This bubble-like nebular region has many names. Formally, it’s called Kronberger 61 (Kn 61 for short), but it is also known as the Soccer Ball Nebula (for obvious reasons).
After its initial discovery, there was some debate as to whether Kn 61 was a planetary nebula or something else. Its designation wasn’t confirmed until much later, when a group of amateur researchers from the Deep Sky Hunters (DSH) community spearheaded an initiative for telescope time to be used to study the exact patch of sky in which it resides, The region, previously known to harbor just three nebulae of this type, can be found in the constellation of Cygnus.
Its pretty color is less impressive —from a scientific point of view, anyway—to its spherical shape, which is a rarity when it comes to planetary nebulae. Astronomers have long debated how such structures form, and since they are so rare, some surmise that circular nebulae require primary and secondary companion stars (think binary star systems). Of course, one of the stars would need to be similar in size to the Sun (the threshold is set at around 8 solar masses), but the secondary star could, in theory, be any size (perhaps an incredibly large planet could have the same effect).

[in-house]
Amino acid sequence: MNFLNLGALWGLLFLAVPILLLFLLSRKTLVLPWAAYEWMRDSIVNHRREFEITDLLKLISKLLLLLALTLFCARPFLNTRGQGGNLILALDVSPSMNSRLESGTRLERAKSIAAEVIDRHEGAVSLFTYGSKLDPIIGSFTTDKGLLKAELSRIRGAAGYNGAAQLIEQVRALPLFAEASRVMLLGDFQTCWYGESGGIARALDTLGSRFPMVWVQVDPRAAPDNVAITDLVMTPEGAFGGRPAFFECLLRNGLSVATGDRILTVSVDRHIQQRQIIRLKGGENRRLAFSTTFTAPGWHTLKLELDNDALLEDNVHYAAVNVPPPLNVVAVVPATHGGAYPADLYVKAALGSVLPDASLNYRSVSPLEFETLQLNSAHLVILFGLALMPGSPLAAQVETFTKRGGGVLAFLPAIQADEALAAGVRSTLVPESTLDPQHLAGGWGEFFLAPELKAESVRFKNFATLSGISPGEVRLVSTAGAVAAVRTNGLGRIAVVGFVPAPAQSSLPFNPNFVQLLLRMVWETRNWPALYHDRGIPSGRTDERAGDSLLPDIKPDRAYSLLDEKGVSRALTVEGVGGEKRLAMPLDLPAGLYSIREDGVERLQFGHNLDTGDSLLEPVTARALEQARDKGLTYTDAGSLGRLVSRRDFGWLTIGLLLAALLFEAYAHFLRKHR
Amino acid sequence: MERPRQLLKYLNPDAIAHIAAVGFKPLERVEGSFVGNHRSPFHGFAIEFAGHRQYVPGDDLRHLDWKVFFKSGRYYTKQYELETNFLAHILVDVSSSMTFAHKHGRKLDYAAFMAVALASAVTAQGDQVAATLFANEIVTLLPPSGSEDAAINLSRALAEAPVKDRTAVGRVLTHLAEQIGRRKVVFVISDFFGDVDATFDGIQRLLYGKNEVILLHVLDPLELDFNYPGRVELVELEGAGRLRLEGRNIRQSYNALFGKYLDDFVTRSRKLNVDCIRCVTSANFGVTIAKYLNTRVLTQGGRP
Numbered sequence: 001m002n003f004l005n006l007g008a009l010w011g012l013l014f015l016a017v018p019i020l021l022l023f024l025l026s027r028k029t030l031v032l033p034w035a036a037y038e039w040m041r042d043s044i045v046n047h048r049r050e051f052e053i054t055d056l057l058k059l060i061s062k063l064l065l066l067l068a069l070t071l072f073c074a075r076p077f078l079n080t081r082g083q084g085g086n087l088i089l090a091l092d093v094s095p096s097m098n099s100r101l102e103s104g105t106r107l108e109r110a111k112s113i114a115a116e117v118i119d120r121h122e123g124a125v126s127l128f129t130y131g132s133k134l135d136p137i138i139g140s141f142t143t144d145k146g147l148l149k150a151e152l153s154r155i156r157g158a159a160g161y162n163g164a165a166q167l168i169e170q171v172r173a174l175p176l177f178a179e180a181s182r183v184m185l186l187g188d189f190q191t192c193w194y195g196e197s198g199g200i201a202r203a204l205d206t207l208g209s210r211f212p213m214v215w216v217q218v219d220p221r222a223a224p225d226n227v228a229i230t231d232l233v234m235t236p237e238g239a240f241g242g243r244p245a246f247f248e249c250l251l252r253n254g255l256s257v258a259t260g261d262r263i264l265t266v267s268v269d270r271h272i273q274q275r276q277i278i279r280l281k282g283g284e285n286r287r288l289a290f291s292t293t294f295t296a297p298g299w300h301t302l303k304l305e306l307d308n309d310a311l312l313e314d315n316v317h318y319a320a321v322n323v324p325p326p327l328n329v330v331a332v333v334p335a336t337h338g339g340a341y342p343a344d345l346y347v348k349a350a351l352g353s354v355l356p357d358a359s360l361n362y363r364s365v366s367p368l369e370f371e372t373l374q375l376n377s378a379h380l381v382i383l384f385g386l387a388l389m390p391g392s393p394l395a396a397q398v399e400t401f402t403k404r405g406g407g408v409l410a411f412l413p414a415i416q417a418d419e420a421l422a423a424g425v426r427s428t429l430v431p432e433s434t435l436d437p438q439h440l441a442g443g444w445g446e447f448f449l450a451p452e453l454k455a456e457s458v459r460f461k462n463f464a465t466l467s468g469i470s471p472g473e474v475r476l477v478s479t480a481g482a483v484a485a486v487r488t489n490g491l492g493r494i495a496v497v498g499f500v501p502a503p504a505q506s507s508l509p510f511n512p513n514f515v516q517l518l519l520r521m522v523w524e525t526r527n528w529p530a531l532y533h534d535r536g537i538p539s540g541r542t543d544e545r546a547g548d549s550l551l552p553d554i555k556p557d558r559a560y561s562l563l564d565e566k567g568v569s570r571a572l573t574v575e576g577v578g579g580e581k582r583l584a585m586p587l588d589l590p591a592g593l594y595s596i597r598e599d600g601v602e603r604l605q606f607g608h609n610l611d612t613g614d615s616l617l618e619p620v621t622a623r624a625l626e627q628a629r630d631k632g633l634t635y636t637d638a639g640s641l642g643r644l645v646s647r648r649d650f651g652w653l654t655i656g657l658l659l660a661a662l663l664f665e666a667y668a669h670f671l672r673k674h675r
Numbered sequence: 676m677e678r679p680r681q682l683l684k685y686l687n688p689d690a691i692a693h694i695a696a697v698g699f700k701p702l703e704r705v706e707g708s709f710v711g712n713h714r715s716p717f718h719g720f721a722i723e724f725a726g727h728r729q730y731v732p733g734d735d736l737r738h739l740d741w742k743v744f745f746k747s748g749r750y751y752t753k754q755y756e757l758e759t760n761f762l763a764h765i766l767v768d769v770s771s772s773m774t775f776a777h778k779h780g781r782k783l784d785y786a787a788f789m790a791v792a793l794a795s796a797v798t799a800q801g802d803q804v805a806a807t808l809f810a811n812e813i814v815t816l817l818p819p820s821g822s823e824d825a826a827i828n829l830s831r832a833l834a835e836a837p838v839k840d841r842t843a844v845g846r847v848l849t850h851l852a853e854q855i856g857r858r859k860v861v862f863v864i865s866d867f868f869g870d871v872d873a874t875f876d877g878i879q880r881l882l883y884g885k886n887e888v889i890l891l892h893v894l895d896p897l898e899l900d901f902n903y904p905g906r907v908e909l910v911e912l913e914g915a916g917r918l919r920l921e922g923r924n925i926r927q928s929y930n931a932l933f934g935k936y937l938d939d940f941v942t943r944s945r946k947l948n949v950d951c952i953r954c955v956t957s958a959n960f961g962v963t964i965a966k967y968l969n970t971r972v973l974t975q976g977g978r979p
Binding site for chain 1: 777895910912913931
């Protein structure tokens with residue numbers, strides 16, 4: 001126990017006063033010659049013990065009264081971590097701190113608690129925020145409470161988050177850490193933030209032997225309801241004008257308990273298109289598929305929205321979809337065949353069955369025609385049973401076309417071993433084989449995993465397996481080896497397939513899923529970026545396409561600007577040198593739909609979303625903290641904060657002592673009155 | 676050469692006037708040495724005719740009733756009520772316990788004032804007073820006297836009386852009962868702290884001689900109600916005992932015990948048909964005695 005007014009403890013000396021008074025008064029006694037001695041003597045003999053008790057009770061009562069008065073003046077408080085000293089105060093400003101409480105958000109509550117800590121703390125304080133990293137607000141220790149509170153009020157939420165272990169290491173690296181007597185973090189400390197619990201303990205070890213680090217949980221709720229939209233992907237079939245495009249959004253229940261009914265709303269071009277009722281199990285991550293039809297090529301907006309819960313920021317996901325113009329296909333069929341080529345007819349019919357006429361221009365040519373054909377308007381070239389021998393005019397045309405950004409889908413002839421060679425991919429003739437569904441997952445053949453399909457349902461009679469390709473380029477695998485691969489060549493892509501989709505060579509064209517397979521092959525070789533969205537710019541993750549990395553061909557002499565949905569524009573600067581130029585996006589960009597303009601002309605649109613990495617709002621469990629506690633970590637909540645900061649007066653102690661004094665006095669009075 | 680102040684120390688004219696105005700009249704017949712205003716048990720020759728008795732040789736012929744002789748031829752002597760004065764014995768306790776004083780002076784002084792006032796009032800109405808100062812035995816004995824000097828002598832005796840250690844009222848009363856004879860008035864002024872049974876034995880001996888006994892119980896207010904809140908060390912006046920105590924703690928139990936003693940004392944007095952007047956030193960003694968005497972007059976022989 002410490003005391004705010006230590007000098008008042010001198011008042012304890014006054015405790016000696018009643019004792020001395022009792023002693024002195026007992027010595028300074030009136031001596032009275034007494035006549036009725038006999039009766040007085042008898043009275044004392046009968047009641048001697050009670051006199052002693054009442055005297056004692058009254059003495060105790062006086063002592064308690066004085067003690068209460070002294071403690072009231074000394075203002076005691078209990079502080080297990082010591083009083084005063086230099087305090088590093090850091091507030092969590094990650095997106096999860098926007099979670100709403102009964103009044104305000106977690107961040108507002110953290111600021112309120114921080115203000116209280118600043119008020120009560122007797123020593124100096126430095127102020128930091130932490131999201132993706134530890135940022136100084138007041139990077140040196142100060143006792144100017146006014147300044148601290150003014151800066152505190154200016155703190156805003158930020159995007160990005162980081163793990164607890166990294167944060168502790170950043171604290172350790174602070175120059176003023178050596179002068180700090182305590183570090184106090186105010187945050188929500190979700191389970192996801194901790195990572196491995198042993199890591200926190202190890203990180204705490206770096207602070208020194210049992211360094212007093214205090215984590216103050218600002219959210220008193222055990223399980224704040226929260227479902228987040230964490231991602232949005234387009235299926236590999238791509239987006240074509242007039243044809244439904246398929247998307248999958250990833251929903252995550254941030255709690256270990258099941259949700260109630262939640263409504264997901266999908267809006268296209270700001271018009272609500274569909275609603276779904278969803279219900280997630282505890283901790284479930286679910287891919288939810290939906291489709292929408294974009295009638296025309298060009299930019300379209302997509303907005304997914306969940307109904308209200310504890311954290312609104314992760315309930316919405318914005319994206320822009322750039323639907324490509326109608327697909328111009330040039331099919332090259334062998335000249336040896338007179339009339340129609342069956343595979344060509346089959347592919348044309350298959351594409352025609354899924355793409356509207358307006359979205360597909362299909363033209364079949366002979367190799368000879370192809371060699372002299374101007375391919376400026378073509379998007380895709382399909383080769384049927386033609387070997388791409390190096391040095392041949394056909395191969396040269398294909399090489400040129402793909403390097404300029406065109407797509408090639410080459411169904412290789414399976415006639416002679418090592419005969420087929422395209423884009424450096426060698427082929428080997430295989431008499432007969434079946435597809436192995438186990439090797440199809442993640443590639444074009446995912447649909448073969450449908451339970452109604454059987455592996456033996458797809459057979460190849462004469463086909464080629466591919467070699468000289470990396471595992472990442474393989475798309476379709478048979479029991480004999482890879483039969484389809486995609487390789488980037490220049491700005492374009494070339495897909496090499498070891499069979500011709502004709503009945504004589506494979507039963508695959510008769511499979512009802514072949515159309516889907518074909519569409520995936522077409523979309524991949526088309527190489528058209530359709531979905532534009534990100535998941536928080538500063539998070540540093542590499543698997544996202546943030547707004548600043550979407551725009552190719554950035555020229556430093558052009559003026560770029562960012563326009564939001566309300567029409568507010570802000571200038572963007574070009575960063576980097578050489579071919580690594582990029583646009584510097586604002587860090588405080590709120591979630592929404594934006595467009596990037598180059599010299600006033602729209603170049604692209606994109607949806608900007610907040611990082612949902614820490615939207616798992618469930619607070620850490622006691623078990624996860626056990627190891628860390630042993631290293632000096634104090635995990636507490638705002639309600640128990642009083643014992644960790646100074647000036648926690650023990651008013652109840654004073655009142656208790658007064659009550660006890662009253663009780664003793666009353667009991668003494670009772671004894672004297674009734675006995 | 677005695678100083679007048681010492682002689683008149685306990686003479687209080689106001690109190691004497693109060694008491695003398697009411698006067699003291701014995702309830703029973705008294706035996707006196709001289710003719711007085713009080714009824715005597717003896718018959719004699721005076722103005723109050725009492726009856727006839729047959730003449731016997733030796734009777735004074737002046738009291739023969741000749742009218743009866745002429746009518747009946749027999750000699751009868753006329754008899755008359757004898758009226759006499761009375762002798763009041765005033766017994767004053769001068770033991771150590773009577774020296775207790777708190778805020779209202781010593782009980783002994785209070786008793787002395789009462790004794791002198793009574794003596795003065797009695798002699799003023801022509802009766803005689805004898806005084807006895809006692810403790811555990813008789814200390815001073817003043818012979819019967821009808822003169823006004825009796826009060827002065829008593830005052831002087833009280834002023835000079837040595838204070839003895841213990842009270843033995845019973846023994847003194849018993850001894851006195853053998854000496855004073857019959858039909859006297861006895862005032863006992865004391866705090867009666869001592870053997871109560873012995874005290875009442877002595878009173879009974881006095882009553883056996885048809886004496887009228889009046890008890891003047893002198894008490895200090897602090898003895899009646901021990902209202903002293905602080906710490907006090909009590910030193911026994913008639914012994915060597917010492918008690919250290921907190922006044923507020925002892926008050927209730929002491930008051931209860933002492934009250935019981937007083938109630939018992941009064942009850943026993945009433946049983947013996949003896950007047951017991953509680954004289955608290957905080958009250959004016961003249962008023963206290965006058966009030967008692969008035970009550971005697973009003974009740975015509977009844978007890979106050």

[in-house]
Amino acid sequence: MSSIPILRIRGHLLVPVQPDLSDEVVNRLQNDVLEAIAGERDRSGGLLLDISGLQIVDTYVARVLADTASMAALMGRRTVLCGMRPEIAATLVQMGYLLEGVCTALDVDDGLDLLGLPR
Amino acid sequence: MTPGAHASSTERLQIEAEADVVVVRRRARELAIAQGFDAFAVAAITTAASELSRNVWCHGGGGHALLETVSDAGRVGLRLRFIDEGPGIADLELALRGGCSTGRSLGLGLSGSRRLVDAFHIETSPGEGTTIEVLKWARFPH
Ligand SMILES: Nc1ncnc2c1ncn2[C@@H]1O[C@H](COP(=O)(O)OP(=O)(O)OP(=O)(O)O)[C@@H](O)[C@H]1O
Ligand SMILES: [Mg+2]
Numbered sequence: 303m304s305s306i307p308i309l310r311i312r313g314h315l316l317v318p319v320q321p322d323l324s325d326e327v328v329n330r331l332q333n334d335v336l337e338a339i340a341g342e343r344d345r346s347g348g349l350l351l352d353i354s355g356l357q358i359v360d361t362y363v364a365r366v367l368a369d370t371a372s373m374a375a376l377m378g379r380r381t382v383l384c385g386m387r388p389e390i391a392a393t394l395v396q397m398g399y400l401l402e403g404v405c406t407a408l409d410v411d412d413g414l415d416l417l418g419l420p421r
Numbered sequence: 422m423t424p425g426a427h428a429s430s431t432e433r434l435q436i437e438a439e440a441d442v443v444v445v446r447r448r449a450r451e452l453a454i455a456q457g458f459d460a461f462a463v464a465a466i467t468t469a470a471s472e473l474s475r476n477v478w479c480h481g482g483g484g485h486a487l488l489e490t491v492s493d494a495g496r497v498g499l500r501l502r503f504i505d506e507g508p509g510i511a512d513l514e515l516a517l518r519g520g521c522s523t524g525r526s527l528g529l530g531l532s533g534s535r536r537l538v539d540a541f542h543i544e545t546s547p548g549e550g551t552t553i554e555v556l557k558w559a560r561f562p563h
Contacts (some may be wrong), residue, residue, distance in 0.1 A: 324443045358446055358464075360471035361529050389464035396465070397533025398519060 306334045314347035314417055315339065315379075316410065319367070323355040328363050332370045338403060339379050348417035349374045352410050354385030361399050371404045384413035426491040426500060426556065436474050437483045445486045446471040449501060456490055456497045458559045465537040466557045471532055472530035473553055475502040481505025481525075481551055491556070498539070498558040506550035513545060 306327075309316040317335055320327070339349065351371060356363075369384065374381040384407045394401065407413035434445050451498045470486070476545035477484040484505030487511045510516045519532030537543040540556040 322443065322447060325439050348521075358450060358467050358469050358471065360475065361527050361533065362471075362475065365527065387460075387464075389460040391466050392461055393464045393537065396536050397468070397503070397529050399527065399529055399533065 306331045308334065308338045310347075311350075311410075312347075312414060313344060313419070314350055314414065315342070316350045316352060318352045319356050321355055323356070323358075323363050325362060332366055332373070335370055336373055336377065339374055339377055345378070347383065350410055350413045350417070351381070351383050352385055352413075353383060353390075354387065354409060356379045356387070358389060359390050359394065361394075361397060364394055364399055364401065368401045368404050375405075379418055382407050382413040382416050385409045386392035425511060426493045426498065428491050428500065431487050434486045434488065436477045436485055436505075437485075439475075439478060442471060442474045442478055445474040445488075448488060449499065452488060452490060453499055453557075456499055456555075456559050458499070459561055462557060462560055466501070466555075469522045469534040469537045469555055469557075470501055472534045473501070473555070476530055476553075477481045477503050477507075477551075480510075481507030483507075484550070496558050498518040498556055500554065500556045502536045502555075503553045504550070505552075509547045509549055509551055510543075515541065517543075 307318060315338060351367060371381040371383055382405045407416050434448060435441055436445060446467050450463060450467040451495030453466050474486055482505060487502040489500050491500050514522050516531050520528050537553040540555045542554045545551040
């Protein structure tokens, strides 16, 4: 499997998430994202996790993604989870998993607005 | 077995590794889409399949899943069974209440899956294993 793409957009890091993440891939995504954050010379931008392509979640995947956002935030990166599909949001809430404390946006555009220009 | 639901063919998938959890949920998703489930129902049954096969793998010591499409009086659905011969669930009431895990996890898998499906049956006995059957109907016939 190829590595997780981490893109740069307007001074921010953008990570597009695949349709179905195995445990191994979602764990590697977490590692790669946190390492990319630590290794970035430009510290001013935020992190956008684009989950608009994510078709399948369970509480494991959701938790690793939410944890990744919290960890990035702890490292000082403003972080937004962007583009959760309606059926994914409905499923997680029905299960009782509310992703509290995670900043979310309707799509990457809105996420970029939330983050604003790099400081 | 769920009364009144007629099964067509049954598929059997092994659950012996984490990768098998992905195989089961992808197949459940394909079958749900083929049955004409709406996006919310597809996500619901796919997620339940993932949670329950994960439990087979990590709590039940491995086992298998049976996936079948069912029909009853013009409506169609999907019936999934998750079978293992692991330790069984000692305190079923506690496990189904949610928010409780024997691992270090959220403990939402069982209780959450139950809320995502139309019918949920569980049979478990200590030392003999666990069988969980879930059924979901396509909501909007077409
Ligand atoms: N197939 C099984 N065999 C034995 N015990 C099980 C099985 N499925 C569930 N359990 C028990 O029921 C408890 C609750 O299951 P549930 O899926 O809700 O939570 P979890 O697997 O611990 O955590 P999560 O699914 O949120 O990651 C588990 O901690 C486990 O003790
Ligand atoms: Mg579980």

Ultimately, Kn 61’s appearance—like the layered filaments surrounding the central star—can be chalked up to ionization, specifically emission coming from its twice-ionized oxygen content (it provides the nebula with its color). The filaments, on the other hand, are all that remain of the star’s gaseous envelope. As the star approached the end of its life, its gas content was expelled via solar winds, and the ultraviolet radiation eroded the material into the hollow shells we see here.
Eventually, the remainder of gas will dissipate, leaving only a stellar remnant behind. This object, called a white dwarf, is comparable in size to Earth, but with the mass of a Sun-like star.
See a larger image here.